The Chesapeake Bay Program Reauthorization and Improvement Act (H.R. 4153) would greatly improve the Chesapeake Bay and contribute to the health of local farms, ranches and rural economies -- all while staying true to the original intent of the Clean Water Act, according to the American Farm Bureau Federation.
The bill, introduced by Rep. Bob Goodlatte (R-Va.), reauthorizes the bay program, and it reaffirms that states have sole authority to implement rules related to nutrient loads that might make their way into the bay.
"Protecting the bay is an important goal, but it is also important to have regulatory provisions in place that preserve the role of states in determining their own land-use and water-quality regulations," said AFBF President Bob Stallman. "This bill would do that through a program that is led by the states and supported by the Agriculture Department. And, this legislation provides states the tools they need to balance economic growth and job creation with the desire for a clean and healthy Chesapeake Bay."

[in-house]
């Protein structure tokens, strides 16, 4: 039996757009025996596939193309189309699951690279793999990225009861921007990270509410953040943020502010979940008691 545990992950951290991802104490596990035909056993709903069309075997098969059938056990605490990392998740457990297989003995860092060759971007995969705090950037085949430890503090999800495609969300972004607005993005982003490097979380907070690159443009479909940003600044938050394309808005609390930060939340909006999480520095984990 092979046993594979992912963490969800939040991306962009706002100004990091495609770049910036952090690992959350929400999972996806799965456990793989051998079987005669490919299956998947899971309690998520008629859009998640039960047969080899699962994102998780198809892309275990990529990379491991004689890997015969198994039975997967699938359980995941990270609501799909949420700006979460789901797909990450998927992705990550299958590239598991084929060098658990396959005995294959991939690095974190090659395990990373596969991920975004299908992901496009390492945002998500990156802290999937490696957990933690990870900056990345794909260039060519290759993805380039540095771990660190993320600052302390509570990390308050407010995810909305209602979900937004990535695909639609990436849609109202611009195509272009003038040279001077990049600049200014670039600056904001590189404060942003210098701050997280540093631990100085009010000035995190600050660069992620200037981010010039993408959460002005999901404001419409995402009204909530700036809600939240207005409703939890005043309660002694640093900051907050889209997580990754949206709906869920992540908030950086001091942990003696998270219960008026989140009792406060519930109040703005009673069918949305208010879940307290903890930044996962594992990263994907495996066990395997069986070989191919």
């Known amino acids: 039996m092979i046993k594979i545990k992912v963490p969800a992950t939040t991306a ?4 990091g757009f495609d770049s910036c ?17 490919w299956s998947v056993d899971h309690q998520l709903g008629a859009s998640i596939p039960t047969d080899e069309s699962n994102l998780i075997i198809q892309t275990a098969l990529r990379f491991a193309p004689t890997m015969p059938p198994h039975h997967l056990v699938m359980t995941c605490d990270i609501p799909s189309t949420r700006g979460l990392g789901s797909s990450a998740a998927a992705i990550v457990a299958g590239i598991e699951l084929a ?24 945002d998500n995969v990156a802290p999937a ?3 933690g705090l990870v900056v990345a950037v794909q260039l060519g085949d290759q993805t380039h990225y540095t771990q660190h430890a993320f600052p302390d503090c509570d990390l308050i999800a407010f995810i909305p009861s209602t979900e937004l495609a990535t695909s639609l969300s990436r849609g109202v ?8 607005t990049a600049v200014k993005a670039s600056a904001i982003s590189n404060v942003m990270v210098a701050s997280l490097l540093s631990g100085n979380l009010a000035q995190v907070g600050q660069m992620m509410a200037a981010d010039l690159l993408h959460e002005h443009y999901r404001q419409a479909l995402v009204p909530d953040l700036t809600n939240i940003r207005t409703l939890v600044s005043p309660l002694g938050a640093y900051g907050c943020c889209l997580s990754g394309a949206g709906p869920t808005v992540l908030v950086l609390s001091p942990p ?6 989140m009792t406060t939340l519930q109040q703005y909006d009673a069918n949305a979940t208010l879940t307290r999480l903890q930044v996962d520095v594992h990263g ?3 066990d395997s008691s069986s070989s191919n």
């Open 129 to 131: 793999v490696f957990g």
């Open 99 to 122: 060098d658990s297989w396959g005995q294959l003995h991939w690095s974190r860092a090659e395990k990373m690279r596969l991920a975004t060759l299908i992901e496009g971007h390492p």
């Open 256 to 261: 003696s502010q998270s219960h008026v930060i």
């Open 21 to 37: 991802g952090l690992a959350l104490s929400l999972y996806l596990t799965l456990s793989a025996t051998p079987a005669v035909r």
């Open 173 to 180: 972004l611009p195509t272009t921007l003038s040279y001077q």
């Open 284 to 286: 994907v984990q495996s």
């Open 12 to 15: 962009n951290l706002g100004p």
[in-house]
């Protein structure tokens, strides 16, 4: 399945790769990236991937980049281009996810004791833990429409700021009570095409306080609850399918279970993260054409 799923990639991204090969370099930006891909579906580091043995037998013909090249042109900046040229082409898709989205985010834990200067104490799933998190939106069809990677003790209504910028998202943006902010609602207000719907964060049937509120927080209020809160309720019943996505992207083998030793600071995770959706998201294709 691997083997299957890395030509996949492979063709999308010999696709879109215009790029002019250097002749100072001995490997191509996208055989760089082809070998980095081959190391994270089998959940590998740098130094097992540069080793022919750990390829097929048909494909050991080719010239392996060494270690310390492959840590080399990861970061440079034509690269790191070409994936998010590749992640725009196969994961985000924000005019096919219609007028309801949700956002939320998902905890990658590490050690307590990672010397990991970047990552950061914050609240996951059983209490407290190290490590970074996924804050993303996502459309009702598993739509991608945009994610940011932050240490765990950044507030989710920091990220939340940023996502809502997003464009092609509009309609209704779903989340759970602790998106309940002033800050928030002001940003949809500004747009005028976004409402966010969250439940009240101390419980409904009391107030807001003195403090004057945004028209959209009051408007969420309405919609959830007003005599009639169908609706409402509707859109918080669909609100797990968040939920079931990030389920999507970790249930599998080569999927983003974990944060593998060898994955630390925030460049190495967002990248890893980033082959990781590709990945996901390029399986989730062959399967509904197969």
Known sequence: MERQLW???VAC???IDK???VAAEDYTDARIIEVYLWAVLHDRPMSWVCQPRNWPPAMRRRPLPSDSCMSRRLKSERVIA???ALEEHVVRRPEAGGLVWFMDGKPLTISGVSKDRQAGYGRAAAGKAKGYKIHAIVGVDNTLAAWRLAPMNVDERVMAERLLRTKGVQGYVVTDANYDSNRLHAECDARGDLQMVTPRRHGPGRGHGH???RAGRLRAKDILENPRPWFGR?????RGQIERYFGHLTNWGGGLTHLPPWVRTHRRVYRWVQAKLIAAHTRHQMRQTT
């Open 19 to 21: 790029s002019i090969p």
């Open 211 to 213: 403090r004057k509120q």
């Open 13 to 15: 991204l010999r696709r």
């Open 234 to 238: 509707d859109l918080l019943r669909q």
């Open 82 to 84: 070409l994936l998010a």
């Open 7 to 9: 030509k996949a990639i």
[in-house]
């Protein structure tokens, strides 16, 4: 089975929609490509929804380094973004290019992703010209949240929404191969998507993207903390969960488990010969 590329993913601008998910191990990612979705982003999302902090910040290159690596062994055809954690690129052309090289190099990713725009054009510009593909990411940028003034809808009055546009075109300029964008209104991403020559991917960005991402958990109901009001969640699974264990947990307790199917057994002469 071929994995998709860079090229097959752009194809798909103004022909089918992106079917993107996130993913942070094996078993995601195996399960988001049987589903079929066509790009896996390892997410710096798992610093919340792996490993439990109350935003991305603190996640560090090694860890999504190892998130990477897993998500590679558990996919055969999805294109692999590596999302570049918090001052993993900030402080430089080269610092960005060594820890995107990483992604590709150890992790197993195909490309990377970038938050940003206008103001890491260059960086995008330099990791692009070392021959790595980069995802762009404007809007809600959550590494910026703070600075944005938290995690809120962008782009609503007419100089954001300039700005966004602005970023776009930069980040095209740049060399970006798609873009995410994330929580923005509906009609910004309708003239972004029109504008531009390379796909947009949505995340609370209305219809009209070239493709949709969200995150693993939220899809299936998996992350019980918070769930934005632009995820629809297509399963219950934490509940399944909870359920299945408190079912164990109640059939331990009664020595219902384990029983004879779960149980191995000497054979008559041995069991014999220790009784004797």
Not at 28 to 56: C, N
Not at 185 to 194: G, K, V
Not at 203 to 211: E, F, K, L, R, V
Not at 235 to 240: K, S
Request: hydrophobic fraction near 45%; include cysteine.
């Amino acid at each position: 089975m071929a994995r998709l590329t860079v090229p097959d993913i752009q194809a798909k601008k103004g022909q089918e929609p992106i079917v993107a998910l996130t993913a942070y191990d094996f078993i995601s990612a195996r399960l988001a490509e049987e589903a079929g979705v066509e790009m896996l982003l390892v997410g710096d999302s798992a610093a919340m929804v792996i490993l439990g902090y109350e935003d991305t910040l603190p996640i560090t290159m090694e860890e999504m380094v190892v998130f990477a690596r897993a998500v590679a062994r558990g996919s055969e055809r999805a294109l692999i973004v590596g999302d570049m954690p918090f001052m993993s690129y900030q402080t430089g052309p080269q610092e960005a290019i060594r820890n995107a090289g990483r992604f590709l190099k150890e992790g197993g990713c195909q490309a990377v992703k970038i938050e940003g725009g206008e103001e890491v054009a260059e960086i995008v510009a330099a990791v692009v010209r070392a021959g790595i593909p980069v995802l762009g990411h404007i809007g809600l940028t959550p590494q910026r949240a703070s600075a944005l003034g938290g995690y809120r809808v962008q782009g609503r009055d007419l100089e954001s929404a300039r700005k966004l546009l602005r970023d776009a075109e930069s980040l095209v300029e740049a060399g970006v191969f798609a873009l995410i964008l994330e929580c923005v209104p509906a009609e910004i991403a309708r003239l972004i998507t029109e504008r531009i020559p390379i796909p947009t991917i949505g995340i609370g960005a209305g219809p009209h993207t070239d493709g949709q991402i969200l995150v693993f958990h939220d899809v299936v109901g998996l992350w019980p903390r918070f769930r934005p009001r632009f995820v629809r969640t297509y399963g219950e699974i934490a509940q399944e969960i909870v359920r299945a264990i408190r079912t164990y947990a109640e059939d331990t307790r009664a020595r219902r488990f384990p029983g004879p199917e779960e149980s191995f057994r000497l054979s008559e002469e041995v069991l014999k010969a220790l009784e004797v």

According to AFBF, states' rights under the Clean Water Act have come under assault by the Environmental Protection Agency, which has threatened to expand federal control over the Chesapeake Bay region, contrary to the agency's authority under the Clean Water Act.
AFBF said that under the EPA program, the agency "would unlawfully micromanage state actions and the activities of farmers, homeowners and businesses within the six-state watershed, imposing specific pollutant allocations on activities such as farming and homebuilding, sometimes down to the level of individual farms."
"The manner in which the EPA has approached this issue clearly demonstrates that the resulting impact could be enormous for state and local economies," Stallman said. "Such decisions, if necessary, should be made by our elected officials in Congress. But overall, this bill would support the states in achieving clean water for the bay, without trampling their authority in the process."